Austrian pianist Paul Badura-Skoda is one of the most honored and frequently recorded concert artists of the second half of the twentieth century. Badura-Skoda studied in the master class of Edwin Fischer in Lucerne and made his debut in Vienna in 1948. Word quickly spread about Badura-Skoda's artistry, and in 1949 he appeared in concertos partnered by conductors Herbert von Karajan and Wilhelm Furtwängler. Badura-Skoda has seldom been idleRead more since, and his concert tours have taken him around the world many times. Badura-Skoda made his New York debut in 1953.
Badura-Skoda has performed a wide range of piano music and was a close friend to Swiss composer Frank Martin, who dedicated his Piano Concerto No. 2 to Badura-Skoda, in addition to some smaller works. But Badura-Skoda's name is most closely related to the Viennese classicists, Mozart, Beethoven, and Schubert, whose keyboard works, including whole cycles of sonatas, he has recorded, in some cases multiple times. Beginning in the 1950s, Badura-Skoda began to quietly make the case for the use of late eighteenth and early nineteenth century keyboards in the interpretation of this literature, anticipating the period instrument boom by decades. In this respect, Badura-Skoda was helped and to some degree influenced by the work of his wife, musicologist Eva Badura-Skoda. Paul Badura-Skoda has also played in a four-hand piano duet with fellow countryman Jörg Demus, and the pair collaborated on a book, Die Klaviersonaten von Ludwig van Beethoven, which was published in 1970.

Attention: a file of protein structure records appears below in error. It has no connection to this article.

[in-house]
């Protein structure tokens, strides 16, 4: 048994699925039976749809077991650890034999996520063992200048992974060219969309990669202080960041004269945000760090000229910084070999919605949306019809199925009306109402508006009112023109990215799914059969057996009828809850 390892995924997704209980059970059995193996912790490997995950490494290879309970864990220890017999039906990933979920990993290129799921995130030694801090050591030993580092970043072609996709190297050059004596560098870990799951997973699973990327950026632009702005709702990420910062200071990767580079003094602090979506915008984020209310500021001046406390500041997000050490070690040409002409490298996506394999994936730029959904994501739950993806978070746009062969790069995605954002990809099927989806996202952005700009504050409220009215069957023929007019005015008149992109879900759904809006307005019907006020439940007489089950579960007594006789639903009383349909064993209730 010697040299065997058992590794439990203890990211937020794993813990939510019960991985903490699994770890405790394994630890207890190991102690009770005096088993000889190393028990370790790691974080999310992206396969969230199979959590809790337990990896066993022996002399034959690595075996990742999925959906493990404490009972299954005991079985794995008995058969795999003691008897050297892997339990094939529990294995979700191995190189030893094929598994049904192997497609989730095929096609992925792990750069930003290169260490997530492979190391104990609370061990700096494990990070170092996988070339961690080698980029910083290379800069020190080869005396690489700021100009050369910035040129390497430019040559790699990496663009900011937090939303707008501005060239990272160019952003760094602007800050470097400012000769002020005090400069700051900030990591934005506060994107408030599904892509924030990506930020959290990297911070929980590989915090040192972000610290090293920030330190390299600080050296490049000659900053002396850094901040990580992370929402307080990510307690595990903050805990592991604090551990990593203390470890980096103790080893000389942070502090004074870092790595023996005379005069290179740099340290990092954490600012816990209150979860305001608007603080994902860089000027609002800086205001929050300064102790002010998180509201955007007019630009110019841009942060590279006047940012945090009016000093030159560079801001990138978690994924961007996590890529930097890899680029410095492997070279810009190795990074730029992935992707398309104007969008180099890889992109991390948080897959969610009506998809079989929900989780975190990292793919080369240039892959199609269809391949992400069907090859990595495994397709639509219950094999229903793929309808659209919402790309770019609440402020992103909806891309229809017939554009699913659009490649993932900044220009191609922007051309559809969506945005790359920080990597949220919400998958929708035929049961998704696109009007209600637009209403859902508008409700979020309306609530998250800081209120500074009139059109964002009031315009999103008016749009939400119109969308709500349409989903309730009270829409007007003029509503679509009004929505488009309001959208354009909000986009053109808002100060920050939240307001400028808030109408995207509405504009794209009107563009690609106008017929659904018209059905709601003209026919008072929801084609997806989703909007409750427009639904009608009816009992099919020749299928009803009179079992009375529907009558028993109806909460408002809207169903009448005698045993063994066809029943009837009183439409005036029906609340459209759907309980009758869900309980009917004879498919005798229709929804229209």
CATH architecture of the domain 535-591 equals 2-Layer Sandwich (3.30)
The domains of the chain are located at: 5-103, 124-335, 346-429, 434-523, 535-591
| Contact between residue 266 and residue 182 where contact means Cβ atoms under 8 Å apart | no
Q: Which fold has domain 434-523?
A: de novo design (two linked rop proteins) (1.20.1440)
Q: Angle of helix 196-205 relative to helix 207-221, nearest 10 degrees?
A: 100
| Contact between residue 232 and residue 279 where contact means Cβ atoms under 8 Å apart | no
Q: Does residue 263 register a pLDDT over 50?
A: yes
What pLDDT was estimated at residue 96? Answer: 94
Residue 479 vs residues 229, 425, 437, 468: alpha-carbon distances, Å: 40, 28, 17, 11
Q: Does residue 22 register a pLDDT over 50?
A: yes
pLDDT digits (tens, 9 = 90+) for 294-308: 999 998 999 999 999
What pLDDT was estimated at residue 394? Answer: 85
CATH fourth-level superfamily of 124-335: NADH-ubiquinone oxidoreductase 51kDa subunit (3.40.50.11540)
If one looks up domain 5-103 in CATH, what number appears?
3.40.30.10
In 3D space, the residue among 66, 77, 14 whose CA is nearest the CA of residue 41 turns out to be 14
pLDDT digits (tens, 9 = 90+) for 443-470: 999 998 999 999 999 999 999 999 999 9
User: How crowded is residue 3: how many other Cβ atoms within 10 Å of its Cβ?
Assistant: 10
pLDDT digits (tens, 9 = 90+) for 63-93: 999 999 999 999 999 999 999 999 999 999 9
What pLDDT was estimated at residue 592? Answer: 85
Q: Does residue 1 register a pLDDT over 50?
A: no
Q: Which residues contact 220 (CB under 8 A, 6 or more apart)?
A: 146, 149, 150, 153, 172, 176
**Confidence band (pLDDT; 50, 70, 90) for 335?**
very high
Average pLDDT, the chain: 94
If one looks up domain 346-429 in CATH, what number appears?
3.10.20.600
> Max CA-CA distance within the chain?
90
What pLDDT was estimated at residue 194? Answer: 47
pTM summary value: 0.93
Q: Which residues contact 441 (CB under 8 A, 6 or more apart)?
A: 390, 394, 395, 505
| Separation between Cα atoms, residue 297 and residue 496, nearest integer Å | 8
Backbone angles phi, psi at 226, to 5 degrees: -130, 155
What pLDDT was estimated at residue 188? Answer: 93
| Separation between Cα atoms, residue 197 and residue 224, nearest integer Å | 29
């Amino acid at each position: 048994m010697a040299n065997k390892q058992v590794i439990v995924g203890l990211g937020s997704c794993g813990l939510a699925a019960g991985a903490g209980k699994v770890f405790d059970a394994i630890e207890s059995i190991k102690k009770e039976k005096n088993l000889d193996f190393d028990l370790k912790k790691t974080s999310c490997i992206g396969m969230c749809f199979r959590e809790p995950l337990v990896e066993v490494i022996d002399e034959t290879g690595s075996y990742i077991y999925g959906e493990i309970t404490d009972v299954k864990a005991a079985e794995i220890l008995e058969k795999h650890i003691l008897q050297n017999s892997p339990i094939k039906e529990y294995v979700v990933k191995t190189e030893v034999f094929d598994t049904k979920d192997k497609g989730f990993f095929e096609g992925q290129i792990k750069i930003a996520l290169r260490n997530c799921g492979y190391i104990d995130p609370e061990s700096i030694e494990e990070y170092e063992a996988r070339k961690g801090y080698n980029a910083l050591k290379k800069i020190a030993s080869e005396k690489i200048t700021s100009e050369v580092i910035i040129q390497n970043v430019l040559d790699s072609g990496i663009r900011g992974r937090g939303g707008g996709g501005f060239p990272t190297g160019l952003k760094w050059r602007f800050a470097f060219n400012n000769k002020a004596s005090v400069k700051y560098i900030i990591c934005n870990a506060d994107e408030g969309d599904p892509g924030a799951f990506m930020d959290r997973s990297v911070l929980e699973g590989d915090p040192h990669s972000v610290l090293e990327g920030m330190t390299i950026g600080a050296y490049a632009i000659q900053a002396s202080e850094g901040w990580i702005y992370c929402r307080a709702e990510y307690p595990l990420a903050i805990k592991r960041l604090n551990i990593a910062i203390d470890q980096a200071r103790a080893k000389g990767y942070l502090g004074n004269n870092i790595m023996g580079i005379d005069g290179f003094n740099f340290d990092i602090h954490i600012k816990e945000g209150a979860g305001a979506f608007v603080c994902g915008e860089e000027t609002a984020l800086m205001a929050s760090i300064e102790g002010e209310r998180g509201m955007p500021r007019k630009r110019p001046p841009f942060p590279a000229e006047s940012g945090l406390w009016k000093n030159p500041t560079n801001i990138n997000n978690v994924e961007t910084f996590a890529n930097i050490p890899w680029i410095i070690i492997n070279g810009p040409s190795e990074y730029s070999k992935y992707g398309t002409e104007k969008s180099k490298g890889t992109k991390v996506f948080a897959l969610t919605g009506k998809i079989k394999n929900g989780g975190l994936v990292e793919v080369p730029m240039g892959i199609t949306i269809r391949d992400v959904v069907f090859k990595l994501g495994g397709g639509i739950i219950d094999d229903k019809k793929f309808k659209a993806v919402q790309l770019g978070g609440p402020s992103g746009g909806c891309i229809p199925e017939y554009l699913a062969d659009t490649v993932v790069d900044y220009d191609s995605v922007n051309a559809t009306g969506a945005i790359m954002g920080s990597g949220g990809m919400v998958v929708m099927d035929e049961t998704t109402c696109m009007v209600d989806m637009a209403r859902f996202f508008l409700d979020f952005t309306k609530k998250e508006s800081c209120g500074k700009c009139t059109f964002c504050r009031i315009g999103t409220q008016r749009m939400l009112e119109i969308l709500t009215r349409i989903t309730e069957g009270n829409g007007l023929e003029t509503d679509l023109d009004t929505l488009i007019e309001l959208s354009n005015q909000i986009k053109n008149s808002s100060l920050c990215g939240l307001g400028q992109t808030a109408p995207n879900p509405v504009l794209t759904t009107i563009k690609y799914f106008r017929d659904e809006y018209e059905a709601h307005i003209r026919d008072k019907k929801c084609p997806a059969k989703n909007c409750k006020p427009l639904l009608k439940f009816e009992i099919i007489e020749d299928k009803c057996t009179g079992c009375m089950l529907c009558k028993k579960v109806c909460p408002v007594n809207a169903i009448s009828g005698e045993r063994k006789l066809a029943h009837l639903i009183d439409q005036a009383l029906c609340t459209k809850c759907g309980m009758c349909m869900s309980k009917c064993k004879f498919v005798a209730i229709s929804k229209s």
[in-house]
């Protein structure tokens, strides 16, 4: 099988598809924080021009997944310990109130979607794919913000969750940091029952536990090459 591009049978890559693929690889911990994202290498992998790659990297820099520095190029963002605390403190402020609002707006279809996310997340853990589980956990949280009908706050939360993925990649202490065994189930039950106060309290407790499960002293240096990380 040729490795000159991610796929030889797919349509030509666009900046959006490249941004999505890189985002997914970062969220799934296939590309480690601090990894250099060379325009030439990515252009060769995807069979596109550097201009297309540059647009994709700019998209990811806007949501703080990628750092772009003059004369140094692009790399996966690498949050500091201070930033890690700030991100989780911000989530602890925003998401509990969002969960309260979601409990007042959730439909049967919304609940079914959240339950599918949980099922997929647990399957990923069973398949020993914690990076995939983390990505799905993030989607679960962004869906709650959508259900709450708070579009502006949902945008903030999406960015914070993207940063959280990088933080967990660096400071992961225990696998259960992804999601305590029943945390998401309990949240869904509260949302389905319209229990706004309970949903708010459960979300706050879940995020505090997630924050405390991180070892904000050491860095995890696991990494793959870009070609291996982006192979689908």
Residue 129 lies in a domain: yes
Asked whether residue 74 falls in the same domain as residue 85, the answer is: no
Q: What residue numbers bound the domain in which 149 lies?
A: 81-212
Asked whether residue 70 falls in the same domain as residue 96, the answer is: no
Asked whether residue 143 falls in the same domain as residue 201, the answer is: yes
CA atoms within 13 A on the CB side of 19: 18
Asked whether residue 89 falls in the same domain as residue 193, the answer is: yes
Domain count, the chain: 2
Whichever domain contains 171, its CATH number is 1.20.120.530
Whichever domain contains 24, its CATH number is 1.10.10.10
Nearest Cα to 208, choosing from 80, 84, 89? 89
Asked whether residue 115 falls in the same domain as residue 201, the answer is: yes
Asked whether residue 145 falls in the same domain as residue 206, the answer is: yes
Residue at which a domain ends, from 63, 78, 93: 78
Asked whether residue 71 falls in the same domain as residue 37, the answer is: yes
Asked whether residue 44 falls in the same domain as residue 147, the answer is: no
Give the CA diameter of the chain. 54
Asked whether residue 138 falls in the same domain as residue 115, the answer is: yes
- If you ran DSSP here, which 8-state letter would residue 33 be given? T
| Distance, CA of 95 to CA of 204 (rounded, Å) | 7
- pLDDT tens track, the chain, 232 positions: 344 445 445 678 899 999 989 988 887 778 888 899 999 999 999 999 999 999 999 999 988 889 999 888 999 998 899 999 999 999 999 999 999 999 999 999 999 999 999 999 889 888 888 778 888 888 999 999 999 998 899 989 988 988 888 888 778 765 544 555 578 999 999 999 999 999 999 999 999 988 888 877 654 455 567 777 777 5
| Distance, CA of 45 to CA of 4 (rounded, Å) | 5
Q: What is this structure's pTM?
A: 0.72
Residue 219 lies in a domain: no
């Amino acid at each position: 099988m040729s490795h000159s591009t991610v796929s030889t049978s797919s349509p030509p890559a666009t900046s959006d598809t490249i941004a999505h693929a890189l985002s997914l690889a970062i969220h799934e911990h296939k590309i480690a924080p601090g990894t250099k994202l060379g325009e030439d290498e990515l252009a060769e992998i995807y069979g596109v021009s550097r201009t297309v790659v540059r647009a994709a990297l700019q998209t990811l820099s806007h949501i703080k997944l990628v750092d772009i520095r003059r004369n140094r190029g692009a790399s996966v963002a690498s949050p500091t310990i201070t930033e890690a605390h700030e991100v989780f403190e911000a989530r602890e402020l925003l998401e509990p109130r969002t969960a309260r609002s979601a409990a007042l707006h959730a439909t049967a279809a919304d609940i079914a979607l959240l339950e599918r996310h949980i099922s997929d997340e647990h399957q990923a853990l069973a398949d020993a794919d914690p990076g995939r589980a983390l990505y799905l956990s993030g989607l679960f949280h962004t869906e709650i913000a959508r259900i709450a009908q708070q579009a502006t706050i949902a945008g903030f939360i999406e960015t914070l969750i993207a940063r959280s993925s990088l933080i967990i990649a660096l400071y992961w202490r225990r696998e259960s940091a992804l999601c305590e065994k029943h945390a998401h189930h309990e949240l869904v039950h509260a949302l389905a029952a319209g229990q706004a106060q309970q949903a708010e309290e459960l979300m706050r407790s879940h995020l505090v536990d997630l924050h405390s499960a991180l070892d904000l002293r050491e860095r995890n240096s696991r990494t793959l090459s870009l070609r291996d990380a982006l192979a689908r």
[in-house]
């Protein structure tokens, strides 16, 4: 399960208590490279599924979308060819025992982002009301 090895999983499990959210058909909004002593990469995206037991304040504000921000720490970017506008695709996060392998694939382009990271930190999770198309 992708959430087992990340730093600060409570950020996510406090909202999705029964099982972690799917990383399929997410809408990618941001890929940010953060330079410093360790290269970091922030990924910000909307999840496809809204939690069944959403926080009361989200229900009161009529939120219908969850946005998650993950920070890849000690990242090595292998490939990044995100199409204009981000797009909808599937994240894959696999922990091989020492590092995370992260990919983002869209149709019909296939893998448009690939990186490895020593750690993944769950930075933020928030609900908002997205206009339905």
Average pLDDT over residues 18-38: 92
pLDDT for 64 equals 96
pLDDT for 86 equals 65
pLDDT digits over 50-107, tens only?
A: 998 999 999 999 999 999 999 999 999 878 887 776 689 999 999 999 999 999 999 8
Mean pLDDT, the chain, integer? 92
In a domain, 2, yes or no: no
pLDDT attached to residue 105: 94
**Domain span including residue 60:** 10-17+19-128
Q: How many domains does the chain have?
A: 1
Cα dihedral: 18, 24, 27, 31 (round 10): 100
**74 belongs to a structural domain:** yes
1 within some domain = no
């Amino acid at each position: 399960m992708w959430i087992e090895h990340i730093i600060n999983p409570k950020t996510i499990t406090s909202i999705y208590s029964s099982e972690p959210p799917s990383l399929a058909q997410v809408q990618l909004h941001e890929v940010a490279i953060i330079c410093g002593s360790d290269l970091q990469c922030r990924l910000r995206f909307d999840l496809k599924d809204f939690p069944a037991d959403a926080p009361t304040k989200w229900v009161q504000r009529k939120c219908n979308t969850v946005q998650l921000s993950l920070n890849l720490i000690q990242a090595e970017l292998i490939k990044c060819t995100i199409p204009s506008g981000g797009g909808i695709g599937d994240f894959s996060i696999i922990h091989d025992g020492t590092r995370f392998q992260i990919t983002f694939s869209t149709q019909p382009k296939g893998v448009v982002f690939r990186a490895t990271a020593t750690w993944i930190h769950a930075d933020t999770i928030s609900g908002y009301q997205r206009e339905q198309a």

Badura-Skoda's recording career encompasses an enormous number of recordings. He began with a justly famous series of discs on the Westminster label in the early 1950s and since then has recorded for Deutsche Grammophon, Astreé, Arcana, Music & Arts, Sanctuary Classics, Jecklin-Disc, Harmonia Mundi, and many others. In 2003 Badura-Skoda embarked on a world tour to celebrate the occasion of his 75th birthday. Badura-Skoda also composes; among his works are a Mass in D. Read less